The War on Bong Hits
The safety and welfare of the Republic was further ensured last week by the Supreme Court's decision in the famous "Bong Hits" case, Morse v. Frederick, in which a group of students had unfurled a banner, as shown at left, during a school outing to watch the Olympic Torch relay. The outraged principal had immediately demanded that it be taken down, and all but one student had complied. He wound up being suspended for ten days.
As students are wont to do these days, he filed a suit for violation of his civil rights. The district court dismissed it on summary judgment, but the 9th Circuit reversed, holding that the school had failed to show that the banner was sufficiently "disruptive" of school activities so as to warrant disciplinary action.
The Supreme Court this term has issued opinions in 19 cases arising from the 9th Circuit. It has reversed in 17 of them. This wasn't one of the lucky two.
Chief Justice Roberts wrote the opinion for the 5-4 majority -- joined, as you might guess, Scalia, Thomas, Kennedy, and Alito -- upholding the school's actions. Breyer wrote an opinion concurring in the judgment, but on the grounds that the Court didn't need to reach the 1st Amendment issue, and dissented from the opinion on that basis. Ginsberg, Stephens, and Souter of course dissented. Thomas concurred in an opinion expressing his belief that the 1st Amendment didn't apply to students at all.
This all started, of course, with Tinker v. Des Moines, the 1968 case in which the Court had upheld students' rights to wear black armbands as an expression of opposition to the Vietnam War, finding that student expression couldn't be suppressed unless it would "materially and substantially disrupt the work and discipline of the school." That was the high-water mark of student freedom, though; the Court backed off that test the next time it confronted the issue, 18 years later, in Bethel School District v. Fraser.
Fraser involved a student's speech to an assembly, in which the student employed what the Court called an "elaborate, graphic, and explicit sexual metaphor." (Similar to what can be found on any episode of Friends during its last few seasons.) The Court had little trouble upholding the school's suspension of the student, although, as Roberts confesses in the Bong Hits case, "the mode of analysis employed in Fraser is not entirely clear." Clear enough, apparently, for the majority in Morse to distill two basic holdings from Fraser: first, that "the constitutional rights of students in public school arenot automatically coextensive with the rights of adults in other settings," something that not even Tinker had disputed, and second that Tinker's "substantial disruption" requirement was DOA.
What's particularly interesting about Morse is the Court's handling of the drug issue. After rejecting the dissent's claim that the banner was mere "gibberish," the majority concludes that it was actually advocating drug use. Roberts' explanation for this conclusion borders on the hilarious:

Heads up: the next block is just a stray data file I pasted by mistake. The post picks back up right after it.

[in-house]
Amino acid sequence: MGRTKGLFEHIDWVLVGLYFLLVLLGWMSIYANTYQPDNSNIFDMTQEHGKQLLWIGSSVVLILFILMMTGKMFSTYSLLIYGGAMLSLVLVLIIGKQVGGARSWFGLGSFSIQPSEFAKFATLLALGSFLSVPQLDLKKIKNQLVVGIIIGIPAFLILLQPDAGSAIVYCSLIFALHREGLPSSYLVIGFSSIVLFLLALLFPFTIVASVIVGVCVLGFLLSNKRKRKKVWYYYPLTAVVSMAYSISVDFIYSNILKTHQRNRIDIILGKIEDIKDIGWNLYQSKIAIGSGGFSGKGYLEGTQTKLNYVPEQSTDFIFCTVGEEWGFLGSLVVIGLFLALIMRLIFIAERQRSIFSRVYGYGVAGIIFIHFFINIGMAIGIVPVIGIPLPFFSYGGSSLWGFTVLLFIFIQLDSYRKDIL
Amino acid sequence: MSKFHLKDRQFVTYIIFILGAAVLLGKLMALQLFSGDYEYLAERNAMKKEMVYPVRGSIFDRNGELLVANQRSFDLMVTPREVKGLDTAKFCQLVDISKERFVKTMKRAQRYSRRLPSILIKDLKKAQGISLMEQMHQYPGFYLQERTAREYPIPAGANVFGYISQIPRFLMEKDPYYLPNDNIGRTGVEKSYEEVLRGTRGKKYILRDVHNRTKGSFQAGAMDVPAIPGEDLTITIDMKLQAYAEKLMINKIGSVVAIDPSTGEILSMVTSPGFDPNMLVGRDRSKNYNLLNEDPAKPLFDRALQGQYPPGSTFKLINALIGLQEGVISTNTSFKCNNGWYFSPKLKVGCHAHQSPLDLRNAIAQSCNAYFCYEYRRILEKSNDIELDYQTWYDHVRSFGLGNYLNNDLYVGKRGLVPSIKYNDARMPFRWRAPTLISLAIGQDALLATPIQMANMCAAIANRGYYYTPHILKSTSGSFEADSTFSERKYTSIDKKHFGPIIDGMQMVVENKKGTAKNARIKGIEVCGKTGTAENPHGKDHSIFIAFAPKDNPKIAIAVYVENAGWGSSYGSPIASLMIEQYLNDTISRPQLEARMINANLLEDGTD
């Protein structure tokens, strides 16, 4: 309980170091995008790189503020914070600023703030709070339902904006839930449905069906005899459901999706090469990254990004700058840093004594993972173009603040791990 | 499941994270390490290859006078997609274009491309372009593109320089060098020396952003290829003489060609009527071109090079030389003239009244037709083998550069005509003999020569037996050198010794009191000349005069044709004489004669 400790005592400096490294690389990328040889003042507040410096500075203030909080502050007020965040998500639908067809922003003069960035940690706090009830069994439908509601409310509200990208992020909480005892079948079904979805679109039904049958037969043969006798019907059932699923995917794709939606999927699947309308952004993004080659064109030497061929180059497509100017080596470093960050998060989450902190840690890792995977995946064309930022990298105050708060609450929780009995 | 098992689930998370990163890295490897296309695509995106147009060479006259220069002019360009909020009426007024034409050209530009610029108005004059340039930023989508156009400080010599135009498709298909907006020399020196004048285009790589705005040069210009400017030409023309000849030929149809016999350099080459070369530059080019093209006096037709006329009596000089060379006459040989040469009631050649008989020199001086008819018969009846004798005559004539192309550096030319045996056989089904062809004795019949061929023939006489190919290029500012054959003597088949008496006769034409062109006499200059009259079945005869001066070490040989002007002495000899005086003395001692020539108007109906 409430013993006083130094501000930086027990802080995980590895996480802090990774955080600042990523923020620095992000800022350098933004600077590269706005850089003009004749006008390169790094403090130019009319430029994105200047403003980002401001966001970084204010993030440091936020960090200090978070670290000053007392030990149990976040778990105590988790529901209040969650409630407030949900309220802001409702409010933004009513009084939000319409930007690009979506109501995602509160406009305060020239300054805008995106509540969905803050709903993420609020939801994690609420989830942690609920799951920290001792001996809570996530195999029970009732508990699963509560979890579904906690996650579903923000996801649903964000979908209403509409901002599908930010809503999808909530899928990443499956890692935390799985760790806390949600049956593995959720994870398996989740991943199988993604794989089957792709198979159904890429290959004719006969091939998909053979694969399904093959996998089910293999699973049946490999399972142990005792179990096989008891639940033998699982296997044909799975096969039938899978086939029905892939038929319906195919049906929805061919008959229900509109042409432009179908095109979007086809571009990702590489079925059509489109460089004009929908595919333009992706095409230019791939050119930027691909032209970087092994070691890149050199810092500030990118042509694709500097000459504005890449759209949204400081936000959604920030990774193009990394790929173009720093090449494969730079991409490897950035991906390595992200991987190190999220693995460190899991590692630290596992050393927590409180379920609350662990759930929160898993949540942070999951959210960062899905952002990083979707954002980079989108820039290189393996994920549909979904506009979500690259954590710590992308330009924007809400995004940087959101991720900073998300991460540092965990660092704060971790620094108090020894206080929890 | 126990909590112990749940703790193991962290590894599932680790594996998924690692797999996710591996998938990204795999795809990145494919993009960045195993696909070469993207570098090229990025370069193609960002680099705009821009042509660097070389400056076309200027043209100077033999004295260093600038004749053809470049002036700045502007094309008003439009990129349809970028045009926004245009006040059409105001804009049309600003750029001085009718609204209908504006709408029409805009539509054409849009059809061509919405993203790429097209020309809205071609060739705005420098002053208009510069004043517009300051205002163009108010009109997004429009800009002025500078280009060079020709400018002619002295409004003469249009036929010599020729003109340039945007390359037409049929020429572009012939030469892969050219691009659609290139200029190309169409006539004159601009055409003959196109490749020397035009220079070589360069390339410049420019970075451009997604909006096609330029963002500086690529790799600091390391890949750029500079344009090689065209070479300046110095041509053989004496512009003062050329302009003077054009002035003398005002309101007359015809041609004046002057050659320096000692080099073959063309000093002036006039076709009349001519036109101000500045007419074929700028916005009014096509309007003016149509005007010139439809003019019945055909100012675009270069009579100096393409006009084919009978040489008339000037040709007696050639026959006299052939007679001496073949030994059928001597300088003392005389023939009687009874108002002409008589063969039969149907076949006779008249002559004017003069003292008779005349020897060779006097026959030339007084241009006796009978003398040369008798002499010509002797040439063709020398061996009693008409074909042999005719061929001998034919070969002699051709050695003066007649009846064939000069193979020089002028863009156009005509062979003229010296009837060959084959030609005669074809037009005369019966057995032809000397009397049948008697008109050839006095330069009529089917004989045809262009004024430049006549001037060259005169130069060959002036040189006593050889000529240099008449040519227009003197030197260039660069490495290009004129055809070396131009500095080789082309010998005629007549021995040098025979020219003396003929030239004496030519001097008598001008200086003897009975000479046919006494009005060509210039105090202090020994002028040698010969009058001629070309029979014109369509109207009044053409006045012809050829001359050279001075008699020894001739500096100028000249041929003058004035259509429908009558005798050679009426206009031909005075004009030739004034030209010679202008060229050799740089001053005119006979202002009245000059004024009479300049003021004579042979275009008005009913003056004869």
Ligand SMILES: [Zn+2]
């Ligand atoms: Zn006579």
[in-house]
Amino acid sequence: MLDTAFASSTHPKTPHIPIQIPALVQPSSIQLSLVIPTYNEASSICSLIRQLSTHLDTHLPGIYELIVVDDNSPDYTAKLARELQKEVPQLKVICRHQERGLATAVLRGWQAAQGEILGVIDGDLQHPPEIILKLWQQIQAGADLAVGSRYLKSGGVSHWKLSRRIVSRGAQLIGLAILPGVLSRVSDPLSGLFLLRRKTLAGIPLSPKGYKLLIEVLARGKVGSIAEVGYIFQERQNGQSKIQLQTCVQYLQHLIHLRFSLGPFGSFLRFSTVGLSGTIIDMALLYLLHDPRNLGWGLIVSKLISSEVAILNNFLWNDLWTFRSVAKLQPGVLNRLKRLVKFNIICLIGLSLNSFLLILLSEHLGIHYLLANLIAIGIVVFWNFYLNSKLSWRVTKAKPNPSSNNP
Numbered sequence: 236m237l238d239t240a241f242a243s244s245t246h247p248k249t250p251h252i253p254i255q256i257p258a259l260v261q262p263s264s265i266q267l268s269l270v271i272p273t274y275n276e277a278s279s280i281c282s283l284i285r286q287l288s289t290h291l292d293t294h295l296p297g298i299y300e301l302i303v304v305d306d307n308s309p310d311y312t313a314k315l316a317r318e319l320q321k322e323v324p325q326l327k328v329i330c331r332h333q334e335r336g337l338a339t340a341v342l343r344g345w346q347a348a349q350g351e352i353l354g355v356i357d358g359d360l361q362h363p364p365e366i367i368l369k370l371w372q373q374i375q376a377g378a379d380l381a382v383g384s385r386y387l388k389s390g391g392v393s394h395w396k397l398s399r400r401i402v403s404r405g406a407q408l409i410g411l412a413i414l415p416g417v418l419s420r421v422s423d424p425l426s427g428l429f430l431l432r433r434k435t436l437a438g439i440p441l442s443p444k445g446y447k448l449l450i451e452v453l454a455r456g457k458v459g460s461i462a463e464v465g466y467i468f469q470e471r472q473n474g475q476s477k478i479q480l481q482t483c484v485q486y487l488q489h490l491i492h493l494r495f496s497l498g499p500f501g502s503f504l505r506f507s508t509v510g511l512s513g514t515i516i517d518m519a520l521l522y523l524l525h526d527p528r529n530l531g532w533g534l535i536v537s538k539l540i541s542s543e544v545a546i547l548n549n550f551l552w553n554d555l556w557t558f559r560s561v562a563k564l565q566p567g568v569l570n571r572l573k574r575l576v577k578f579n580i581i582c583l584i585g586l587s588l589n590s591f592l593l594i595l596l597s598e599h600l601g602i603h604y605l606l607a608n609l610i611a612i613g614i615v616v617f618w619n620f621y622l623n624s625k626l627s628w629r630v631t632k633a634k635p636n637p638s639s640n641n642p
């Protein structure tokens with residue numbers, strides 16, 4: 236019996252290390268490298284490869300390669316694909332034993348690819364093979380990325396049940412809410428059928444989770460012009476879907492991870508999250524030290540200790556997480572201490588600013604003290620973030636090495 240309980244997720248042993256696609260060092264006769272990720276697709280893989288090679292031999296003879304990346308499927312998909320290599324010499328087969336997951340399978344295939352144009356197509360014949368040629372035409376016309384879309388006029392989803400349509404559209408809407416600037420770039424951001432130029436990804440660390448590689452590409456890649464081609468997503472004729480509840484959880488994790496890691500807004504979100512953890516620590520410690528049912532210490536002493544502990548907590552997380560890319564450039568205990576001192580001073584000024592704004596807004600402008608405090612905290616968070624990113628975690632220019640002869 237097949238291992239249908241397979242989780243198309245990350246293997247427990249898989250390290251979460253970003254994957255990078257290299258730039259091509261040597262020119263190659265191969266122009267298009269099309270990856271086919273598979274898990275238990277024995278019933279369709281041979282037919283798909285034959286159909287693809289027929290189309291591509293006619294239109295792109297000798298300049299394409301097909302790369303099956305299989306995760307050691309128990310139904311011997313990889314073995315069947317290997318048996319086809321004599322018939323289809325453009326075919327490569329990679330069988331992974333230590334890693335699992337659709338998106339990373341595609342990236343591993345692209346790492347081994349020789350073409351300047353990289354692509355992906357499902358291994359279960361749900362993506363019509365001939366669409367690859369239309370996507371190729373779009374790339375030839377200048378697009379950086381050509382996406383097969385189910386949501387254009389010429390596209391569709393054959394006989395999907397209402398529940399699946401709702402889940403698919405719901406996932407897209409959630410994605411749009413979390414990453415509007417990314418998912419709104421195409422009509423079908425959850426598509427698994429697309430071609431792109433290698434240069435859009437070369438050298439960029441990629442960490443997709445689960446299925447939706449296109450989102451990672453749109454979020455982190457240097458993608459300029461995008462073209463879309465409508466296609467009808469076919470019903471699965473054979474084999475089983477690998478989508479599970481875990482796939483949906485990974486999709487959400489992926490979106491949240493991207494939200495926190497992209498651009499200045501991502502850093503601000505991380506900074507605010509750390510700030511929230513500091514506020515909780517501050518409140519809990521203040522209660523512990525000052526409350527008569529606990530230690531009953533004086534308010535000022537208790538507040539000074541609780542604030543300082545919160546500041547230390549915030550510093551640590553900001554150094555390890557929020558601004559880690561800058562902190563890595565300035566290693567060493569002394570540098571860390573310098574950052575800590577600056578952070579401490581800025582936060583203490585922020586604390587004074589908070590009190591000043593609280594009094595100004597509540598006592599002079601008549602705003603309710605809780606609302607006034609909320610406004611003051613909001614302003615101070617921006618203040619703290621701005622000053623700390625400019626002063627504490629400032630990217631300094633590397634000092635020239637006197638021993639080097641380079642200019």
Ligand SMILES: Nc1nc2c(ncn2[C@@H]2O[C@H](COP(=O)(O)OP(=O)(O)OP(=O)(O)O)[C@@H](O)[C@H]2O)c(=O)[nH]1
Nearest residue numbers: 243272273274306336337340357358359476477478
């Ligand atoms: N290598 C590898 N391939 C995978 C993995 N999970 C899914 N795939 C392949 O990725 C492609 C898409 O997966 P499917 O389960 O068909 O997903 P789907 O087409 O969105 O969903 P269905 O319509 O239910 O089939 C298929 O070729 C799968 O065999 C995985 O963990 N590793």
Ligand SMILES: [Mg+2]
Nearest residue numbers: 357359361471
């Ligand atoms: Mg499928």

At least two interpretations of the words on the banner demonstrate that the sign advocated the use of illegal drugs. First, the phrase could beinterpreted as an imperative: "[Take] bong hits . . ."--a message equivalent, as Morse explained in her declaration, to "smoke marijuana" or "use an illegal drug." Alternatively, the phrase could be viewed as celebrating druguse--"bong hits [are a good thing]," or "[we take] bonghits"--and we discern no meaningful distinction between celebrating illegal drug use in the midst of fellow students and outright advocacy or promotion.
The opinion then veers off into a discussion of why "deterring drug use by schoolchildren is an 'important -- indeed, perhaps compelling' interest," in terms vaguely reminiscent of the 1950's "demon weed" drug-ed movies.
Somewhat puzzling is the majority's conclusion that "this is plainly not a case about political debate over the criminalization of drug use or possession," but about restricting speech that "is reasonably viewed as promoting illegal drug use." I say "puzzling" because I don't sense that the majority would have come to a different conclusion if the kids had held up a sign saying "Legalize Drugs."
Perhaps Justice Alito would, because his concurrence, in which Kennedy joined, starts this way:
I join the opinion of the Court on the understanding that (a) it goes no further than to hold that a public school may restrict speech that a reasonable observer would interpret as advocating illegal drug use and (b) it provides no support for any restriction of speech that can plausibly be interpreted as commenting on any political or social issue, including speech on issues such as "the wisdom of the war on drugs or of legalizing marijuana for medicinal use."
Superficially, that's a narrower base than the majority's opinion adopts, and thus Alito's views are controlling. But the same inconsistency exists: doesn't advocating drug usage implicity carry a message about "the wisdom of the war on drugs"? What's the distinction?
This might be one of those cases that's hailed in conservative circles, only to come back to haunt them later. Earlier this week, as this story tells us, a student was disciplined for wearing a t-shirt that said "homosexuality is shameful." Could the school ban this on the grounds that a "reasonable observer would interpret it" as advocating hostilitity toward homosexuals, or is it permissible on the grounds that it can be "plausibly interpreted" as commenting on the wisdom of homosexuality and its behaviors?